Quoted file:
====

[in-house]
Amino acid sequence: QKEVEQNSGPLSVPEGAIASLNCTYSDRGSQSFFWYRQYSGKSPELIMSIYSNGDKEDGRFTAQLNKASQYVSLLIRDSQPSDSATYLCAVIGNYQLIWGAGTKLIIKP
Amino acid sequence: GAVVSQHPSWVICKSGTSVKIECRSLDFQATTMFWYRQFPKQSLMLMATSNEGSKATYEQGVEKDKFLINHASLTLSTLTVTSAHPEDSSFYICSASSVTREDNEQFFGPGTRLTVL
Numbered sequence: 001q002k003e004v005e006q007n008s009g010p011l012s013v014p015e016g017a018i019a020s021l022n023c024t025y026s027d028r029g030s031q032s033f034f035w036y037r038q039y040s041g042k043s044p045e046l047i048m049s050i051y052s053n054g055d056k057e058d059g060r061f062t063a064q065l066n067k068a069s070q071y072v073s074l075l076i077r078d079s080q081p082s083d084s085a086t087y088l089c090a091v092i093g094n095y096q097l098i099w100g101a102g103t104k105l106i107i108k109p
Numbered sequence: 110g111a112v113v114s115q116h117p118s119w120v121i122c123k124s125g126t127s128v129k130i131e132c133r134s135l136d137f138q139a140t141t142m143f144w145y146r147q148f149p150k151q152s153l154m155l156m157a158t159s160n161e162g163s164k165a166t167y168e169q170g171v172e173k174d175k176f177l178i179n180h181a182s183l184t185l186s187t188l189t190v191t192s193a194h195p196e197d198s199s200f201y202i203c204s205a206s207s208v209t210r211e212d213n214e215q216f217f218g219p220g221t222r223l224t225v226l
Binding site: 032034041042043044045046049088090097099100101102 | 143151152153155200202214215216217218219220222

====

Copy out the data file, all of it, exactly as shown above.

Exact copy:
[in-house]
Amino acid sequence: QKEVEQNSGPLSVPEGAIASLNCTYSDRGSQSFFWYRQYSGKSPELIMSIYSNGDKEDGRFTAQLNKASQYVSLLIRDSQPSDSATYLCAVIGNYQLIWGAGTKLIIKP
Amino acid sequence: GAVVSQHPSWVICKSGTSVKIECRSLDFQATTMFWYRQFPKQSLMLMATSNEGSKATYEQGVEKDKFLINHASLTLSTLTVTSAHPEDSSFYICSASSVTREDNEQFFGPGTRLTVL
Numbered sequence: 001q002k003e004v005e006q007n008s009g010p011l012s013v014p015e016g017a018i019a020s021l022n023c024t025y026s027d028r029g030s031q032s033f034f035w036y037r038q039y040s041g042k043s044p045e046l047i048m049s050i051y052s053n054g055d056k057e058d059g060r061f062t063a064q065l066n067k068a069s070q071y072v073s074l075l076i077r078d079s080q081p082s083d084s085a086t087y088l089c090a091v092i093g094n095y096q097l098i099w100g101a102g103t104k105l106i107i108k109p
Numbered sequence: 110g111a112v113v114s115q116h117p118s119w120v121i122c123k124s125g126t127s128v129k130i131e132c133r134s135l136d137f138q139a140t141t142m143f144w145y146r147q148f149p150k151q152s153l154m155l156m157a158t159s160n161e162g163s164k165a166t167y168e169q170g171v172e173k174d175k176f177l178i179n180h181a182s183l184t185l186s187t188l189t190v191t192s193a194h195p196e197d198s199s200f201y202i203c204s205a206s207s208v209t210r211e212d213n214e215q216f217f218g219p220g221t222r223l224t225v226l
Binding site: 032034041042043044045046049088090097099100101102 | 143151152153155200202214215216217218219220222